Posts by Mirza Puric

Asymptote Podcast: Experiments

A new episode goes live!

In this episode, we dive into the innovative poetry and translations of Asymptote‘s Winter Issue. First, we take a look at the rhythmic poetry of South African poet Toast Coetzer, which blurs the line between music and poetry. Then we examine how Victoria Cóccaro and Rebekah Boudon translated Pablo Katchadjian’s supposedly untranslatable poem “Martin Fierro Ordered Alphabetically.” After that we’ll listen to Rajiv Mohabir wonderful translation of Lalbihari Sharma’s folk songs from Holi Songs of Demerara. And finally, we’ll see how Jared Pearce brought ancient Babylonia to America with his poetic translations from Babylonians as Americans as Babylonians. This is the Asymptote Podcast.

Translation Tuesday: Four Poems by Anita Pajević

"technically speaking, you’ll clasp her to your knees. / you’ll clean her fish ponds / to make her laugh."



it morned. godded.

thin soup enspooned on the stove.

an emotion to match. an H on the access tabulations,

in lukewarm plates. like H, like morn.

i didn’t go to the Hraveyard with dad.

not even when things prayered down on him. READ MORE…

Translation Tuesday: “Sketch” by Zerina Zahirović

Translated by our editor-at-large Mirza Purić

She died quietly, she died the death of those who love stubbornly, angrily, jealously, secretly, and

elephantishly. At a neighbour’s urge, she treated rheumatoid arthritis with crude oil. The therapy resulted in second-degree burns. On the inside of my eyelids I sketch her knees – two magical orbs of glass – and I rub them with devil’s claw unguent. Prayer and displeasure spill softly in the room in which we are alone and furtive, for

where, why, and for whom does the devil

make unguent from his claw? She died quietly, to render loud some mornings that had tumbled down and stuck into me like hedgehogs. I sketch those mornings as a


crooked bicycle tyre. I push the bicycle uphill into the whitish dawn, I hurry to spill before her the smell of the lead from the newspaper, the smell of the pastry which is a crumbled sketch of her face on the inside of my eyelids. The way I close the distance between us is like the way her eyebrows come together in a frown, she pushes hard sugar cubes into my mouth, and I buzz in the garden for hours and I sip the sap of a liquorice. I sketch her as READ MORE…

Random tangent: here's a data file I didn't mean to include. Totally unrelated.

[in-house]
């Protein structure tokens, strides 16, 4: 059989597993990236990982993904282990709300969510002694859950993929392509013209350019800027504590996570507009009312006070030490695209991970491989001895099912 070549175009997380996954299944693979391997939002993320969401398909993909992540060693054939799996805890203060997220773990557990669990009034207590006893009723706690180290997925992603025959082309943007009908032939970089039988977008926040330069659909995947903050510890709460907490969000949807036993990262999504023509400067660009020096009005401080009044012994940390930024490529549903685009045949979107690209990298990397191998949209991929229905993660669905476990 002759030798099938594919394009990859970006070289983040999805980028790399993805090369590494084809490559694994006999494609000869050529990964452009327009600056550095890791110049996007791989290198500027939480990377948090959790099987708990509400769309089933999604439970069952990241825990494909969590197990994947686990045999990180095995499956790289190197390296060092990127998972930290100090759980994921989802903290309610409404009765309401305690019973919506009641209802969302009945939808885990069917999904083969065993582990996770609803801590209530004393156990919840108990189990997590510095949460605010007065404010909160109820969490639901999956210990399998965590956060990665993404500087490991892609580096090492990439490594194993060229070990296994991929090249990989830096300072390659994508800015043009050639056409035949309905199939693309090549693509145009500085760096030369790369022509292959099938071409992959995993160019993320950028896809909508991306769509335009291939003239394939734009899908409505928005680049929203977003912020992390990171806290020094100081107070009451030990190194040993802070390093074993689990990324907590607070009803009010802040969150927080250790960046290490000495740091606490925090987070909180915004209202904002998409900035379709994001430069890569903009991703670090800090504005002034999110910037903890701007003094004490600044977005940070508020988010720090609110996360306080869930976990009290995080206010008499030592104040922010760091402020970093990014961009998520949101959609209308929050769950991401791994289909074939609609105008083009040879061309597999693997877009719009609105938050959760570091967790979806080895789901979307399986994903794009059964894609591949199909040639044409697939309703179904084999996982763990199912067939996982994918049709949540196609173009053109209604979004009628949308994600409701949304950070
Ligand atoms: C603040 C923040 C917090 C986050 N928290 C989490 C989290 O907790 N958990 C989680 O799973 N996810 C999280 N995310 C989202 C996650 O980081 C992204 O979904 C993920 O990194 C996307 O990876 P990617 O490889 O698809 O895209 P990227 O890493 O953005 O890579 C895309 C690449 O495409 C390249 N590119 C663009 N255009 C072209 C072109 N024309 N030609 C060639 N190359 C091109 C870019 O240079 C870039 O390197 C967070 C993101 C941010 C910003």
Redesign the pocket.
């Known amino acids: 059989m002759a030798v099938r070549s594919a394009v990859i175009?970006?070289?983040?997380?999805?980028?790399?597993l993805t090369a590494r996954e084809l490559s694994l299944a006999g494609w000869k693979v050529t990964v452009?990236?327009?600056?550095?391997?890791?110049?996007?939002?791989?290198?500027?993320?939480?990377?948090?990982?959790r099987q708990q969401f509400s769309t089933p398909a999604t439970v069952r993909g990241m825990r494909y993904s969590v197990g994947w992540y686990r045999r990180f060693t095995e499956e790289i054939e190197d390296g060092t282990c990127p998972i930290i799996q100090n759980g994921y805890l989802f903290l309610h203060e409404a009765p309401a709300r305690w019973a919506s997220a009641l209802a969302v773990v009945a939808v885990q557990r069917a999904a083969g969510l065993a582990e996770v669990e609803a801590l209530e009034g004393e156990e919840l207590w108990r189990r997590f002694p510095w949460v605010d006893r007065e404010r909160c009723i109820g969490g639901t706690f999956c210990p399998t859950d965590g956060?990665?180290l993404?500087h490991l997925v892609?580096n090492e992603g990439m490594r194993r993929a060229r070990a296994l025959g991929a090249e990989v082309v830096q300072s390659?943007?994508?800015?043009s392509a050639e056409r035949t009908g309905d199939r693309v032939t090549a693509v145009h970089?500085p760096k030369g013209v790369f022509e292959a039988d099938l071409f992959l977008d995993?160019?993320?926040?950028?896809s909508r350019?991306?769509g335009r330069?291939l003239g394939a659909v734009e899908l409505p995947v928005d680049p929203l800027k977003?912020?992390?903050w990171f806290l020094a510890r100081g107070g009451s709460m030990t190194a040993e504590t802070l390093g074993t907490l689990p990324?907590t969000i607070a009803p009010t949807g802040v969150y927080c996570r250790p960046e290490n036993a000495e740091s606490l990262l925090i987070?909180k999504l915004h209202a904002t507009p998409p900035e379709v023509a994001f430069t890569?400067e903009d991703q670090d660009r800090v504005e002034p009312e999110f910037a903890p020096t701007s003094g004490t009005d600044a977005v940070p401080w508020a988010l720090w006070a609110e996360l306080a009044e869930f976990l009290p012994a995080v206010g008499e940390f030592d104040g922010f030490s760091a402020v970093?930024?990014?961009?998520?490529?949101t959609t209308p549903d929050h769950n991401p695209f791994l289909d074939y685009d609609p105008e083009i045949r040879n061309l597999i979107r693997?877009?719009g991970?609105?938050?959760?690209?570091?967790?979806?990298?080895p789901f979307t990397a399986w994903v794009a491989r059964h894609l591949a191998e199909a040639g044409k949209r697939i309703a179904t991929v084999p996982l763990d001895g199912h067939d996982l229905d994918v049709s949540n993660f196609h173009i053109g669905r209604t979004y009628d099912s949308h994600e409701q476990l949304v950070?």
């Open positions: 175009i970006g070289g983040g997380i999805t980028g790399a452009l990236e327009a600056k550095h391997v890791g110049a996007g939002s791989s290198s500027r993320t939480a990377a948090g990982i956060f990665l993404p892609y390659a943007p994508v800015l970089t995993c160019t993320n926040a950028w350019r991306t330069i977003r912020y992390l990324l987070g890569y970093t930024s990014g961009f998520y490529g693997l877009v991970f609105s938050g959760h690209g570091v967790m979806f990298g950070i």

Translation Tuesday: Two Poems by Miodrag Stanisavljević

Translated by our editor-at-large Mirza Puric



Death likes pretty names.


Pelvic bones make good stirrups.

Gypsies’ cruelty to jades Madame Geneticist has always admired.

Lamp him across the gob, Joshka.


Translation Tuesday: “A Fistful of Walnuts” by Bojan Krivokapić

Translated from the Serbian by Mirza Puriç

In September 1992, I started school. We lived in the country back then, in one of those Voivodinian villages headed for extinction. Small, fat and grubby-faced, I dragged my green, cube-shaped, double-buckled rucksack—emblazoned with apples, a motif from Snowy White, I suppose—full of Serbian, maths, science and social studies text books. I may have also had a container of that white glue, the one that came with a plastic spatula, the one that smelt of dairy products.


Five poems by Darko Cvijetic

Translated by Mirza Purić


You can hear the dreaming of a bird
The close-eyed water

Every moment a sound
A soundlet
Leaves the heart

The lamp dissolves the skin of someone’s shadow
By the chair leg

And you’re the eye of a calf

God may approach you

The Cantos inhabits
Dead men have no mothers

(I’m feeling uncountable
relax relax darling
after all these years)

I’m pregnant she says

There is more
Soil in me than usual READ MORE…

Translation Tuesday: Three Poems by Faruk Šehić

Reflections from Bosnia and Herzegovina on war and the modern world

die young and leave a beautiful corpse


thus spoke rockers

but this is another planet here

on Padež hill

eleventh day of duty goes by

the first after Smajo’s death